Writing Quests for Video Games
And... Quests can be a very important part of a game. For some games most of the time a player spends is on the quests. So, be creative and try to make it fun for the player!
There are a couple of basic rules that you should follow when it comes to writing quests.
There are a couple of qualifications that your quest should meet. First off it should be fun and interesting. The player should enjoy doing the quest. Secondly there should be some kind of a reward upon completion of the quest.
The Storyline and the quest
Sometimes a quest is part of the main storyline of the game and sometimes it isn't. If you are just beginning your game writing you probably should start with non storyline quests. They are easier because they stand alone.
How to start the quest
Starting the quest is something you have to consider. And sometimes this is affected by what the quest and what the reward is. Some of the ways you can start a quest are:
Some of the types of quests
One thing to note about quests is that sometimes a quest can branch giving the player several options. A good example of this is a quest for a weapon. The player is sent on a quest to get a powerful weapon and rather than return it to the quest giver the player could choose to keep it. And in modern video games there are a lot of various stats that can be affected by the players actions. Ethics is a good example of this. The player, during the quest, can be given the opportunity to make decisions. These decisions could be based on ethics which can affect a players stats. For example the player could be asked to kill an NPC or let the NPC live. This choice has an effect one way or the other.
The quest within a quest
You should also consider that a quest can have a quest embedded in it. For example: the player is given the task of visiting a wizard and gettting a scroll from him. That is the quest. Upon finding the wizard and talking to him the player is given another quest. The wizard says: "I will give you that scroll but first you have to do something for me.."
An example quest - Ok, let's have some fun!
Scene: Our player stumbles upon a small cottage nestled deep in the woods. Player enters to discover a typical single room cottage with a man inside. The player engages a conversation with the man.
Ok, you can see that this quest is a lot of fun and it gives some unexpected twists and turns. And you could go ahead and modify it in a lot of ways. Matilda could turn on the alchemist chiding him for killing her; the alchemist could scream in horror at what the player has done " A corpse!" Or any number of other things along the way. You could even discover that the alchemist himself is an animated corpse and the two of them will rot together happily ever after!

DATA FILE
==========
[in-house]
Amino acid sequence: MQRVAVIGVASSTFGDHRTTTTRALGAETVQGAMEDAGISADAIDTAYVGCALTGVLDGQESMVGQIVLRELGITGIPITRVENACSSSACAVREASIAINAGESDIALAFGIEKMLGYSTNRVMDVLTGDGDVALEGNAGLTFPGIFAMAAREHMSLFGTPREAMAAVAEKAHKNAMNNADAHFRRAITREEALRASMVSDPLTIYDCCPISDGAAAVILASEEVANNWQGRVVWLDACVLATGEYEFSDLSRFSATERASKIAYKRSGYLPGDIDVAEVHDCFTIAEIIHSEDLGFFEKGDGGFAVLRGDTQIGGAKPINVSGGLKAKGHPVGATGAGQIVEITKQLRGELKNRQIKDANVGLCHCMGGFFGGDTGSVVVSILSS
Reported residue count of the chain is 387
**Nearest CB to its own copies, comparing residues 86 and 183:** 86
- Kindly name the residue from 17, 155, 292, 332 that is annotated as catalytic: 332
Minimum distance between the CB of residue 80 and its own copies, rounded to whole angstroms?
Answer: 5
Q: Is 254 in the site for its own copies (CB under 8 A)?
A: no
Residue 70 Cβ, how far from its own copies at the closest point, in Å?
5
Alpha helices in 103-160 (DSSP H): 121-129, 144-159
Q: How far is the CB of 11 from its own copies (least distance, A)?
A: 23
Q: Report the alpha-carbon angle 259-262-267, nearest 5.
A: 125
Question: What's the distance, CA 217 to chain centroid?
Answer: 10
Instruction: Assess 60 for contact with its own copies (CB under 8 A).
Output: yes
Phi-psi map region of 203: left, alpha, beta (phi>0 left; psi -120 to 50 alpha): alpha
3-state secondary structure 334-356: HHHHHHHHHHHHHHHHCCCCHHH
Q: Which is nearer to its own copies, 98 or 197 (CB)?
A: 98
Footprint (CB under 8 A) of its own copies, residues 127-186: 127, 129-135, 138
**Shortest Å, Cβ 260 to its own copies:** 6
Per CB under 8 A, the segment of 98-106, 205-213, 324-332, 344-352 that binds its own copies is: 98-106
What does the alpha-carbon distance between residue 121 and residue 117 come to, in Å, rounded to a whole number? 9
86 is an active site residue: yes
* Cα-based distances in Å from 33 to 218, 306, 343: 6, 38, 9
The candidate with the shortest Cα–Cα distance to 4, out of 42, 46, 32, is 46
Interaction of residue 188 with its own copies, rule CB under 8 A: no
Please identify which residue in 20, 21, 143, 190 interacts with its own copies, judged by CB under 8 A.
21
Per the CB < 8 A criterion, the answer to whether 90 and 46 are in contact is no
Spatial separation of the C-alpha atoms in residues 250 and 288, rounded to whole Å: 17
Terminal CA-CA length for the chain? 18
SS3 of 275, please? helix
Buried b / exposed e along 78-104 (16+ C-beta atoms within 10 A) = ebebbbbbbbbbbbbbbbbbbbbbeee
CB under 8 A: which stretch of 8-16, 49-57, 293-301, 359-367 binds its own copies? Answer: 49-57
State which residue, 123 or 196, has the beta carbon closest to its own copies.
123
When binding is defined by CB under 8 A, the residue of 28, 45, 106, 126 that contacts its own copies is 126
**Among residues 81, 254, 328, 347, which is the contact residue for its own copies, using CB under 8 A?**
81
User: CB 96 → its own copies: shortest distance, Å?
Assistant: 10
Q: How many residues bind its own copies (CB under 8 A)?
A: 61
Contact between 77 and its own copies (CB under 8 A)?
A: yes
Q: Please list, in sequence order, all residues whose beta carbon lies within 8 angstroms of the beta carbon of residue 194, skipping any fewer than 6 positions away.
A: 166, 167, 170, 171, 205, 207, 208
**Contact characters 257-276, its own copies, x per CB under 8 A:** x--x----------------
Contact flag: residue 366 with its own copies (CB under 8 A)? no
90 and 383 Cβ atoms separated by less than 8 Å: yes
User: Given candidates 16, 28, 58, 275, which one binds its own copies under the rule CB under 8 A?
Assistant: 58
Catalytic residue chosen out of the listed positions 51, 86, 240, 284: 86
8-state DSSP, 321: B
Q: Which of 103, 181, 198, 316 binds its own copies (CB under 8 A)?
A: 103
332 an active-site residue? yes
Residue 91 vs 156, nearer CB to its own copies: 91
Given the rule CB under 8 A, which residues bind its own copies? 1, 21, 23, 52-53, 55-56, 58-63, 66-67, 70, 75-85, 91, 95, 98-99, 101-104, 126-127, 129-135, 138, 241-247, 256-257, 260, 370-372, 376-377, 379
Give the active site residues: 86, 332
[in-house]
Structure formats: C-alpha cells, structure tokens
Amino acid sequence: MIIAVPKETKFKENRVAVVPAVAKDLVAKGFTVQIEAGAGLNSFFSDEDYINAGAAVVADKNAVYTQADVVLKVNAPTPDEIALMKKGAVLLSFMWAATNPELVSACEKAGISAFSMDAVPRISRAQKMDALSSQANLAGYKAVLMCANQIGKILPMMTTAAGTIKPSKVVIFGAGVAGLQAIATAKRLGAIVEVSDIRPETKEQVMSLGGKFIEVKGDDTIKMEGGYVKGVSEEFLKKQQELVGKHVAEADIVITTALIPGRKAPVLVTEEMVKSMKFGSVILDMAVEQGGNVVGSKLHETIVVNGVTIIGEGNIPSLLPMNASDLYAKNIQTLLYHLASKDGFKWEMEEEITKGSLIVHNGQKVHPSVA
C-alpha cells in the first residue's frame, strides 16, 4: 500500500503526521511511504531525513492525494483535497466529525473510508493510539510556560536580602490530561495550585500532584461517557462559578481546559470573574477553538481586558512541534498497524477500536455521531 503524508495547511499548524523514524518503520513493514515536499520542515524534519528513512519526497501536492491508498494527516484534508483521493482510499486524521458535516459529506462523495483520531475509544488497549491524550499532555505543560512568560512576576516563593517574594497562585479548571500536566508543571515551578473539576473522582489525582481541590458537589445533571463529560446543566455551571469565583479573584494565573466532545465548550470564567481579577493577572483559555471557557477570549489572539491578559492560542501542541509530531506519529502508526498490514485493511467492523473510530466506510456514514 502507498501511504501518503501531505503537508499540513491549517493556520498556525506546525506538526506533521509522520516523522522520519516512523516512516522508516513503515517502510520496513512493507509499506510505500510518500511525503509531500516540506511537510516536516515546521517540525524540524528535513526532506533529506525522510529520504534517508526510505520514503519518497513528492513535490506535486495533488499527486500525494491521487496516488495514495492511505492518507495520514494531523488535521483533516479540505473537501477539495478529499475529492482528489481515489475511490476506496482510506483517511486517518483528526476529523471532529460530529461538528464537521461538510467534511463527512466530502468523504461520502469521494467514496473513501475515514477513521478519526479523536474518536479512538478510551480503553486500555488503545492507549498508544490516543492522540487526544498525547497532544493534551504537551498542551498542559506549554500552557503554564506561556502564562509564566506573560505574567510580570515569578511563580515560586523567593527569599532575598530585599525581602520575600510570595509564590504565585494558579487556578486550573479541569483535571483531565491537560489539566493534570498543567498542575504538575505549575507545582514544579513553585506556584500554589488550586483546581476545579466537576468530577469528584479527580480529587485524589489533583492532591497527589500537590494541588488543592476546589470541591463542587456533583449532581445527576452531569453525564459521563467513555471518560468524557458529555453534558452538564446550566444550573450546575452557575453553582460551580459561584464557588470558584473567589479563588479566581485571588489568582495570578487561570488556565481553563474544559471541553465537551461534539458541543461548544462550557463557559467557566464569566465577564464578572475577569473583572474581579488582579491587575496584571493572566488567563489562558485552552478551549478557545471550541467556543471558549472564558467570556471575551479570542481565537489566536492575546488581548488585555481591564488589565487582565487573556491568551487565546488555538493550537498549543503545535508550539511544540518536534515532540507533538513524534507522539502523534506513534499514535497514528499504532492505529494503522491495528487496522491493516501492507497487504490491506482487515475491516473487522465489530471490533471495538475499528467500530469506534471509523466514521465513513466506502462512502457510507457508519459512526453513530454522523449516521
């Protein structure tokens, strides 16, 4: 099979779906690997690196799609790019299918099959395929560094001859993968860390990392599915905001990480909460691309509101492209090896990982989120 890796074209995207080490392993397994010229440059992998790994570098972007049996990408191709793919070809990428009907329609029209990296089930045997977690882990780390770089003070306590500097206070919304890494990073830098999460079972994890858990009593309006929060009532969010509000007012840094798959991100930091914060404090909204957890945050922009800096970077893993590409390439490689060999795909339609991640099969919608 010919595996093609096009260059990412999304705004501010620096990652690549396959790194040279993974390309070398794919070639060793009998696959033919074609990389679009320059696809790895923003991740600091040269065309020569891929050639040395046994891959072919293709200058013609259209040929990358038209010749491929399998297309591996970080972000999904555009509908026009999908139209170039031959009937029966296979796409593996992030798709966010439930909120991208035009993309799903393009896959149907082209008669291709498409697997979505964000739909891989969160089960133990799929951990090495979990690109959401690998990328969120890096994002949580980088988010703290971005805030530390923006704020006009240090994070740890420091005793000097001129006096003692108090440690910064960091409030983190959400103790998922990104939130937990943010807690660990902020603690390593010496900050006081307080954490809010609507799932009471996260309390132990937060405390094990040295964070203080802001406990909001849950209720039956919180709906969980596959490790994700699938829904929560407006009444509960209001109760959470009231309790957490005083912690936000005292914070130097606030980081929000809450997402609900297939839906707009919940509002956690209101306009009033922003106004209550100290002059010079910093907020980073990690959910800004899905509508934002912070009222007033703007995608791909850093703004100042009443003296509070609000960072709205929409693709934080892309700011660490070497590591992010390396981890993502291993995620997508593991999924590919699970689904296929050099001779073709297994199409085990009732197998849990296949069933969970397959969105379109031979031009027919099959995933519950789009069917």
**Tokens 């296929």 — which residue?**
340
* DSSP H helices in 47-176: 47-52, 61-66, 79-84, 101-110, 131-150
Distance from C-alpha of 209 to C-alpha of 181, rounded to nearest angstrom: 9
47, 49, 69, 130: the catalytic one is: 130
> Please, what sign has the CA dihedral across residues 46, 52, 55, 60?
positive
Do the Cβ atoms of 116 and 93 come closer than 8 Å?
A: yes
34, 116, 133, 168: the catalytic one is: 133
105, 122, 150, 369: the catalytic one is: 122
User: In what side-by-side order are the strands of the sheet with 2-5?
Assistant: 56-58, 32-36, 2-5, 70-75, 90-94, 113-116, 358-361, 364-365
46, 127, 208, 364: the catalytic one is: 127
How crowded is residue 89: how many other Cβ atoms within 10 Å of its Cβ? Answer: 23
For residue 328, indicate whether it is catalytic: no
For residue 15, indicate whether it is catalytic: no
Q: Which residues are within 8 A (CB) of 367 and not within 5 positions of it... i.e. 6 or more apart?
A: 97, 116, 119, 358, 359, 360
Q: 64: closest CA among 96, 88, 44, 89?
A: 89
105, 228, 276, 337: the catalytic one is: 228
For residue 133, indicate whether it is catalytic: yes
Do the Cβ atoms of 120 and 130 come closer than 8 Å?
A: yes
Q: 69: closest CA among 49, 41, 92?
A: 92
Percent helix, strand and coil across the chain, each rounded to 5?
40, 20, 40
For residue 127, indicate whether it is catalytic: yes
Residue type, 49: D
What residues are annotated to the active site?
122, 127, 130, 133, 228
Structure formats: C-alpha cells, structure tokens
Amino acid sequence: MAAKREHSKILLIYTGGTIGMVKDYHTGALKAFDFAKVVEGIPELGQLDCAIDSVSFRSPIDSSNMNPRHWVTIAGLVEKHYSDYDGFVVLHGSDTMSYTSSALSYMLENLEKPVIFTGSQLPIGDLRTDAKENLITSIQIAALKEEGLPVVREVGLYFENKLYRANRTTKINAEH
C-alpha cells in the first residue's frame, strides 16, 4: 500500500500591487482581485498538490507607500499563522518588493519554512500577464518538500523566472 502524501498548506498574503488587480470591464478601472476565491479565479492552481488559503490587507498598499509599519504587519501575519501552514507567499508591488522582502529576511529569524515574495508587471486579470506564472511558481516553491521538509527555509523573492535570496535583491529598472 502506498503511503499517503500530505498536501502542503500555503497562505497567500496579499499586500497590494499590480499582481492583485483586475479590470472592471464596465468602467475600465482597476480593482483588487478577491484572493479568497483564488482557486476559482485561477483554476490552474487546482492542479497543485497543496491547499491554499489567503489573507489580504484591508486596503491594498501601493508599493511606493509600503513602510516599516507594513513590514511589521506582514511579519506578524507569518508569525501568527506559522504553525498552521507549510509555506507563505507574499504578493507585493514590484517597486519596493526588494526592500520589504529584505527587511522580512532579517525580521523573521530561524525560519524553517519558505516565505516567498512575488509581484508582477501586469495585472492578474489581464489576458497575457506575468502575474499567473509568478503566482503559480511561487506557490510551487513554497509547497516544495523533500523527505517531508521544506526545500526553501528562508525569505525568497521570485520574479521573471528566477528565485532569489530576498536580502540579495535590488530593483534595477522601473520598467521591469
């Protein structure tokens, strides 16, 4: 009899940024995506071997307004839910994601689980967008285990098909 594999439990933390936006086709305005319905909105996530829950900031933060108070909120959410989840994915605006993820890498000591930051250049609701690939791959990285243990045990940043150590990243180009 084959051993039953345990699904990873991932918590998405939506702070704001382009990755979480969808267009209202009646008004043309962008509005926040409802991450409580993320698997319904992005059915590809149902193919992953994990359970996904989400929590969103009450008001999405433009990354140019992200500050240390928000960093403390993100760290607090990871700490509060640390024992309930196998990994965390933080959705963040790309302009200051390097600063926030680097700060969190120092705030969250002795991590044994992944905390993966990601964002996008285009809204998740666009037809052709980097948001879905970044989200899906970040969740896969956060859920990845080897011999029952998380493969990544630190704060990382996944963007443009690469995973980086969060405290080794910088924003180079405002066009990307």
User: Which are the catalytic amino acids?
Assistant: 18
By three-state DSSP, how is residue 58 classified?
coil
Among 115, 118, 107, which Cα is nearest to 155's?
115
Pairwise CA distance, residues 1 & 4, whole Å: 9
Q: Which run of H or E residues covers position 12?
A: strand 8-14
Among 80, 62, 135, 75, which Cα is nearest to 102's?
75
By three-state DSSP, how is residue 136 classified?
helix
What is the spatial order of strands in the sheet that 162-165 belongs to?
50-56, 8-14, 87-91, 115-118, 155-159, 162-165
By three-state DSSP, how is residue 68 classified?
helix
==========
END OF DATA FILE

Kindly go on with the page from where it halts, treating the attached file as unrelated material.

SO, go ahead and have some fun with this. Be creative and remember it is always about giving the game player a great gaming experience!!
This is a book of ideas and of choices. Knowing which choices to make is not teachable. It's part of that creative instinct we call talent whose secret voice guides us every time we sit down at the keyboard. All stories are not identical. They are shaped by all those unique facets of the human beings who write them. All any writer can do when he wants to share his knowledge with others is be as open and giving as possible; and hope others can learn from that. You hold in your hands most of what I know about writing for games and much of what I believe and practice no matter what kind of writing I'm doing. It is meant to inform, to instruct, and maybe even inspire. It is as much about game design as it is writing for games. The two are virtually inseparable. The book itself has been designed as a quest. We are all of us on a journey toward a destination for which there is no single road. --Lee Sheldon, Author
This book by the International Game Developers Association (IGDA) Game Writing Special Interest Group focuses on various aspects of working as a professional game writer, including how to break in to game writing, writing manuals, narrative design, writing in a team, working as a freelancer, working with new intellectual property, and more. It includes exercises and writing samples; additional writing samples are available from the book's website.
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